Please note: there may be some adjustments to the teaching arrangements published in the course catalogue for 2020-21. Given current circumstances related to the Covid-19 pandemic it is anticipated that some usual arrangements for teaching on campus will be modified to ensure the safety and wellbeing of students and staff on campus; further adjustments may also be necessary, or beneficial, during the course of the academic year as national requirements relating to management of the pandemic are revised.

Practical Algorithms COMPSCI1021

  • Academic Session: 2020-21
  • School: School of Computing Science
  • Credits: 20
  • Level: Level 1 (SCQF level 7)
  • Typically Offered: Semester 2
  • Available to Visiting Students: No
  • Available to Erasmus Students: No

Short Description

This course is designed to impart a breadth of knowledge on data structures, particularly with respect to the mathematical foundations involved in manipulating them. In doing so, it will also introduce students to foundational mathematical concepts in computing that will help them to better understand efficient programming and will provide a basis on which to build more complex mathematical concepts in later years of study.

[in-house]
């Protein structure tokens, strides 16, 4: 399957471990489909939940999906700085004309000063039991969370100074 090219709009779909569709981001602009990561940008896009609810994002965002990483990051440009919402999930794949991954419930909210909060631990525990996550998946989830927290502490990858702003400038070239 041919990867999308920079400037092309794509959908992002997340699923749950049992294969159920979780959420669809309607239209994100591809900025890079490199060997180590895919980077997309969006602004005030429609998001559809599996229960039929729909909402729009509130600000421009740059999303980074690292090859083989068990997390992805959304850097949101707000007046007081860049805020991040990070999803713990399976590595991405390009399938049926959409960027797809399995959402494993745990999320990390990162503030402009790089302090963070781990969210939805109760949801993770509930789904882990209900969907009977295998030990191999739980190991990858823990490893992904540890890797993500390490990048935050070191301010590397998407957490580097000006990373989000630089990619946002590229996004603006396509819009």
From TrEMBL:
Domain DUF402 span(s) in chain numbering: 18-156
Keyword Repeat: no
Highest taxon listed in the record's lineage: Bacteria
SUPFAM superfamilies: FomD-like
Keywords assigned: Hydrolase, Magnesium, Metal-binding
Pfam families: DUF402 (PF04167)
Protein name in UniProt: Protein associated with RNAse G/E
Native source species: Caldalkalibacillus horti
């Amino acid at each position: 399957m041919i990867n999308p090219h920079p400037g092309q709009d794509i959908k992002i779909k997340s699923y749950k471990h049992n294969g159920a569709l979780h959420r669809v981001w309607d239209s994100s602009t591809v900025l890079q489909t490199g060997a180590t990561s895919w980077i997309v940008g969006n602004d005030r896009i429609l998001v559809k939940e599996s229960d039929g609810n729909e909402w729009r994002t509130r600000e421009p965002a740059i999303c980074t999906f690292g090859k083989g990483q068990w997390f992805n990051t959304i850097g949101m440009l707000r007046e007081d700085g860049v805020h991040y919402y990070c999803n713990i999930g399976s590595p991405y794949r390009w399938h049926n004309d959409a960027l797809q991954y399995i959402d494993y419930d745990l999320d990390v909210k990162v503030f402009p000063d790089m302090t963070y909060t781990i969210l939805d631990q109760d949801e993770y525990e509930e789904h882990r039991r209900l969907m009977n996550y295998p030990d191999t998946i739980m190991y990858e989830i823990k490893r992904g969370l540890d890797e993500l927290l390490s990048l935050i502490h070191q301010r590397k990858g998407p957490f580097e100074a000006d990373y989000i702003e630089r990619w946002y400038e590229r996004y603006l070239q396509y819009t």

Timetable

None

Requirements of Entry

None

Excluded Courses

None

Co-requisites

Testing and Software Improvement

Web Application Systems

Assessment

Written examination 60%, mid semester class tests 10%, in-class quizzes 5% and 25% course work

Main Assessment In: April/May

Course Aims

The aim of this course is to introduce students to the fundamentals of data structures and the algorithms that govern them. They will learn about common structures found in programming and various methods of sorting, searching and sequencing them. They will also be introduced to algorithm complexity and proofs, which should help them to justify design decisions when creating their own software.

Intended Learning Outcomes of Course

By the end of this course, students will be able to: 

1. Implement basic data structures such as arrays, linked lists, binary trees and hash tables in a language of choice. 

2. Use recursion as an algorithm design technique in a piece of software. 

3. Analyse and implement a range of algorithms, including searching and sorting algorithms, and express their complexity using suitable notation. 

4. Use predicate logic, set theory and relational algebra to write assertions and use laws to prove them. 

5. Demonstrate an understanding of inductively generated structures and proof by induction. 

6. Deploy basic concepts of combinatorics in solving mathematical problems.

Minimum Requirement for Award of Credits

Students must submit at least 75% by weight of the components (including examinations) of the course's summative assessment.